Four Kelly accusers testified, all referred to by pseudonyms or their first names: Jane, Nia, Pauline and Tracy. Some cried when describing the abuse but otherwise spoke calmly and with confidence. A fifth accuser, Brittany, did not testify.
Sitting nearby in a suit and face mask, Kelly often averted his eyes and looked down as his accusers spoke.
Some dozen die-hard Kelly fans regularly attended the trial. On at least one occasion during a break, several made hand signs of a heart at Kelly. He smiled back.
Jane, 37, was the government’s star witness and pivotal to the fixing charge, which accused Kelly of using threats and payoffs to get her to lie to a grand jury before his 2008 trial and to ensure she and her parents wouldn’t testify.
A single video, which state prosecutors said was Kelly abusing a girl of around 14, was the focal point of that trial.
On the witness stand for two days at the end of August, Jane paused, tugged at a necklace and dabbed her eyes with a tissue when she said publicly for the first time that the girl in the video was her aged 14 and that the man was Kelly, who would have been around 30.
Some jurors in the 2008 trial said they had to acquit Kelly because the girl in the video didn’t testify. At the federal trial in Chicago, Jane said she lied to a state grand jury in 2002 when she said it was not her in the video, saying part of her reason for lying was that she cared for Kelly and didn’t want to get him into trouble.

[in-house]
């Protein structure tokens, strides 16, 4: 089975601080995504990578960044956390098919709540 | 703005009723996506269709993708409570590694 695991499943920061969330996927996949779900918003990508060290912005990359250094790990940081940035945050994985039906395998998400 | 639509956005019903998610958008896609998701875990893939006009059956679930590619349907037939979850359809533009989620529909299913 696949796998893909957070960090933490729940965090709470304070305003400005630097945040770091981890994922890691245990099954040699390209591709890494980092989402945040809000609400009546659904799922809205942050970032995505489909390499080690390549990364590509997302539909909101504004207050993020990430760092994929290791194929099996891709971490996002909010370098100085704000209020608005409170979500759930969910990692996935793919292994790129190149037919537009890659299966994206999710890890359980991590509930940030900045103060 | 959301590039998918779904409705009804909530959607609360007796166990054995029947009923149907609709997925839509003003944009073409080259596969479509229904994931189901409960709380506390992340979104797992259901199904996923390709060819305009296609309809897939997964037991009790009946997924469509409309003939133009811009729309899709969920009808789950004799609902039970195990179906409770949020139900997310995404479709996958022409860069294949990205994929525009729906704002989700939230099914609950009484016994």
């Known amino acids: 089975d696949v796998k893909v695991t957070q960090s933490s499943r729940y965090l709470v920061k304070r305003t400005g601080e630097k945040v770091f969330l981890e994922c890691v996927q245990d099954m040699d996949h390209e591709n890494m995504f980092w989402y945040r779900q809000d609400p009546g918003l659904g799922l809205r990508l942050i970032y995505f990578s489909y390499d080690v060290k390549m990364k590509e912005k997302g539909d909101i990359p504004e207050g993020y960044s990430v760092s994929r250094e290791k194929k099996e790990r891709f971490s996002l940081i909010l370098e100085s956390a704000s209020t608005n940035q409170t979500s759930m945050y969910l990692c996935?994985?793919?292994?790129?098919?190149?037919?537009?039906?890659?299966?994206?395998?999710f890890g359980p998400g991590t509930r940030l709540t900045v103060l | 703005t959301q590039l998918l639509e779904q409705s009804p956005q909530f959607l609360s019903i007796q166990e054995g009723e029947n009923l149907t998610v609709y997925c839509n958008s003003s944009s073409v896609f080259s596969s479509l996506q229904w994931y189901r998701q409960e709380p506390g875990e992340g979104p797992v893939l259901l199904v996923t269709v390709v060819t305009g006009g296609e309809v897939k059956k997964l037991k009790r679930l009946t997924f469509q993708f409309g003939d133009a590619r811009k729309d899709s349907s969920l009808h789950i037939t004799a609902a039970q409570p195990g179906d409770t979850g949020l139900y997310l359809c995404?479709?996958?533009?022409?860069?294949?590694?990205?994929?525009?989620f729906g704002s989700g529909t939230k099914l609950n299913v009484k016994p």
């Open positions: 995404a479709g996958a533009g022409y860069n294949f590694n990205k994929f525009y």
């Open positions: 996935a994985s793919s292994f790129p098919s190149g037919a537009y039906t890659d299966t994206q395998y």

Jane told jurors she was 15 when they first had intercourse. Asked how many times they had sex before she turned 18, she answered quietly: “Uncountable times. … Hundreds.”
Jane, who belonged to a teenage singing group, first met Kelly in the late 1990s when she was in junior high school. She had visited Kelly’s Chicago recording studio with her aunt, a professional singer. Soon after that meeting, Jane told her parents Kelly was going to be her godfather.
Jane testified that when her parents confronted Kelly in the early 2000s he dropped to his knees and begged them for forgiveness. She said she implored her parents not to take action against Kelly because she loved him.
Defense attorneys suggested a desire for money and fame drove some government witnesses to accuse Kelly, and they accused several people of trying to blackmail him. They also suggested that at least one of his accusers was 17 — the age of consent in Illinois — when Kelly began pursing her for sex.
Bonjean implored jurors not to accept the prosecution’s portrayal of her client as “a monster,” saying Kelly was forced to rely on others because of intellectual challenges, and that he was sometimes led astray.
“Mr. Kelly can also be a victim,” she said in her opening statement.
Prosecutors played jurors excerpts from three videos that Jane said featured her. Court officials set up opaque screens around the jurors so journalists and spectators couldn’t see the videos or the jurors’ reactions.
But the sound was audible. In one video, the girl is heard repeatedly calling the man “daddy.” At one point she asks: “Daddy, do you still love me?” The man gives her sexually explicit instructions.
Prosecutors have said Kelly shot the video that was also evidence in the 2008 trial in a log cabin-themed room at his North Side Chicago home around 1998.
Another accuser, Pauline, said Jane introduced her to Kelly when they were 14-year-old middle school classmates in 1998. At Kelly’s Chicago home later that year, Pauline described her shock when she said she first walked in on Kelly and a naked Jane. She said Kelly told her that everyone has secrets. “This is our secret,” she testified he said.
Pauline told jurors she still cares for Kelly. But, as a 37-year-old mom, she said she now has a different perspective.
“If somebody did something to my kids,” she said, “I’m killing ’em. Period.”